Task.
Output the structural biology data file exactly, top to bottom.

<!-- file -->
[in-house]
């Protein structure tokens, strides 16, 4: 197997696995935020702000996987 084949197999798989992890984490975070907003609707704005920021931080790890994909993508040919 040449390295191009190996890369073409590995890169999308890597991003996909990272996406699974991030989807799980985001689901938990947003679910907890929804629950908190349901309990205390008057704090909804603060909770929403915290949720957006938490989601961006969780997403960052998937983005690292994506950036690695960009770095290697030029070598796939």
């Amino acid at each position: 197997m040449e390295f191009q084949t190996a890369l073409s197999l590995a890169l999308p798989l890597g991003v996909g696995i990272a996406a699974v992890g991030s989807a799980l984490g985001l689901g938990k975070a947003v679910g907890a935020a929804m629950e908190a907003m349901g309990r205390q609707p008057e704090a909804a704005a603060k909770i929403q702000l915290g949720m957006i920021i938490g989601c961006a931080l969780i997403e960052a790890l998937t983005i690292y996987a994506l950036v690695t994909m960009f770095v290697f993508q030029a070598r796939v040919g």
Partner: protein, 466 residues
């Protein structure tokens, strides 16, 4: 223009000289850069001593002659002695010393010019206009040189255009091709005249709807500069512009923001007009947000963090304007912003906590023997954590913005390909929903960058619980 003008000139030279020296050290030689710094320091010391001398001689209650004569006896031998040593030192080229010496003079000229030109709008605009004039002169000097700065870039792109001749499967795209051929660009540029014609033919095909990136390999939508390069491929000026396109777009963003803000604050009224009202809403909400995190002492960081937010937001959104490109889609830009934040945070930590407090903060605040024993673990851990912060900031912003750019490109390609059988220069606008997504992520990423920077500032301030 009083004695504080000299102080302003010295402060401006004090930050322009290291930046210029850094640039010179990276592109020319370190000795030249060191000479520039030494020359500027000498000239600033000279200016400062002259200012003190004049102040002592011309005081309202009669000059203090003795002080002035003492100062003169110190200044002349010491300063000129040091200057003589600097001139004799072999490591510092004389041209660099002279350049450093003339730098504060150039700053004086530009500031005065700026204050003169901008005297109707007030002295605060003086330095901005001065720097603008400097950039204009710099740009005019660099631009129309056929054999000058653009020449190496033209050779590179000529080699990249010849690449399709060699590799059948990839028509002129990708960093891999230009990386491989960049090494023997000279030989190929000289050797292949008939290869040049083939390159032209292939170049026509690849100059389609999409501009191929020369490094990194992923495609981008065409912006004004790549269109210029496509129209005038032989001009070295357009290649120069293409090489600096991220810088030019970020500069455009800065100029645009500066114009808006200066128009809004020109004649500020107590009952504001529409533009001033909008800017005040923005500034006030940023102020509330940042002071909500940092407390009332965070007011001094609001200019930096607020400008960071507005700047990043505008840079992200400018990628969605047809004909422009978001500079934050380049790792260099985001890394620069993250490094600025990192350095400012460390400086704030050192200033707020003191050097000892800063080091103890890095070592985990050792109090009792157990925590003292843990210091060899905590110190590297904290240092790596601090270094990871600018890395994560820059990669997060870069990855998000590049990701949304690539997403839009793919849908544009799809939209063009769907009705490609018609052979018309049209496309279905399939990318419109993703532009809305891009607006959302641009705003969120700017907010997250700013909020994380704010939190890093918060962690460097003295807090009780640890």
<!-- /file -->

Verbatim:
[in-house]
């Protein structure tokens, strides 16, 4: 197997696995935020702000996987 084949197999798989992890984490975070907003609707704005920021931080790890994909993508040919 040449390295191009190996890369073409590995890169999308890597991003996909990272996406699974991030989807799980985001689901938990947003679910907890929804629950908190349901309990205390008057704090909804603060909770929403915290949720957006938490989601961006969780997403960052998937983005690292994506950036690695960009770095290697030029070598796939």
């Amino acid at each position: 197997m040449e390295f191009q084949t190996a890369l073409s197999l590995a890169l999308p798989l890597g991003v996909g696995i990272a996406a699974v992890g991030s989807a799980l984490g985001l689901g938990k975070a947003v679910g907890a935020a929804m629950e908190a907003m349901g309990r205390q609707p008057e704090a909804a704005a603060k909770i929403q702000l915290g949720m957006i920021i938490g989601c961006a931080l969780i997403e960052a790890l998937t983005i690292y996987a994506l950036v690695t994909m960009f770095v290697f993508q030029a070598r796939v040919g």
Partner: protein, 466 residues
């Protein structure tokens, strides 16, 4: 223009000289850069001593002659002695010393010019206009040189255009091709005249709807500069512009923001007009947000963090304007912003906590023997954590913005390909929903960058619980 003008000139030279020296050290030689710094320091010391001398001689209650004569006896031998040593030192080229010496003079000229030109709008605009004039002169000097700065870039792109001749499967795209051929660009540029014609033919095909990136390999939508390069491929000026396109777009963003803000604050009224009202809403909400995190002492960081937010937001959104490109889609830009934040945070930590407090903060605040024993673990851990912060900031912003750019490109390609059988220069606008997504992520990423920077500032301030 009083004695504080000299102080302003010295402060401006004090930050322009290291930046210029850094640039010179990276592109020319370190000795030249060191000479520039030494020359500027000498000239600033000279200016400062002259200012003190004049102040002592011309005081309202009669000059203090003795002080002035003492100062003169110190200044002349010491300063000129040091200057003589600097001139004799072999490591510092004389041209660099002279350049450093003339730098504060150039700053004086530009500031005065700026204050003169901008005297109707007030002295605060003086330095901005001065720097603008400097950039204009710099740009005019660099631009129309056929054999000058653009020449190496033209050779590179000529080699990249010849690449399709060699590799059948990839028509002129990708960093891999230009990386491989960049090494023997000279030989190929000289050797292949008939290869040049083939390159032209292939170049026509690849100059389609999409501009191929020369490094990194992923495609981008065409912006004004790549269109210029496509129209005038032989001009070295357009290649120069293409090489600096991220810088030019970020500069455009800065100029645009500066114009808006200066128009809004020109004649500020107590009952504001529409533009001033909008800017005040923005500034006030940023102020509330940042002071909500940092407390009332965070007011001094609001200019930096607020400008960071507005700047990043505008840079992200400018990628969605047809004909422009978001500079934050380049790792260099985001890394620069993250490094600025990192350095400012460390400086704030050192200033707020003191050097000892800063080091103890890095070592985990050792109090009792157990925590003292843990210091060899905590110190590297904290240092790596601090270094990871600018890395994560820059990669997060870069990855998000590049990701949304690539997403839009793919849908544009799809939209063009769907009705490609018609052979018309049209496309279905399939990318419109993703532009809305891009607006959302641009705003969120700017907010997250700013909020994380704010939190890093918060962690460097003295807090009780640890």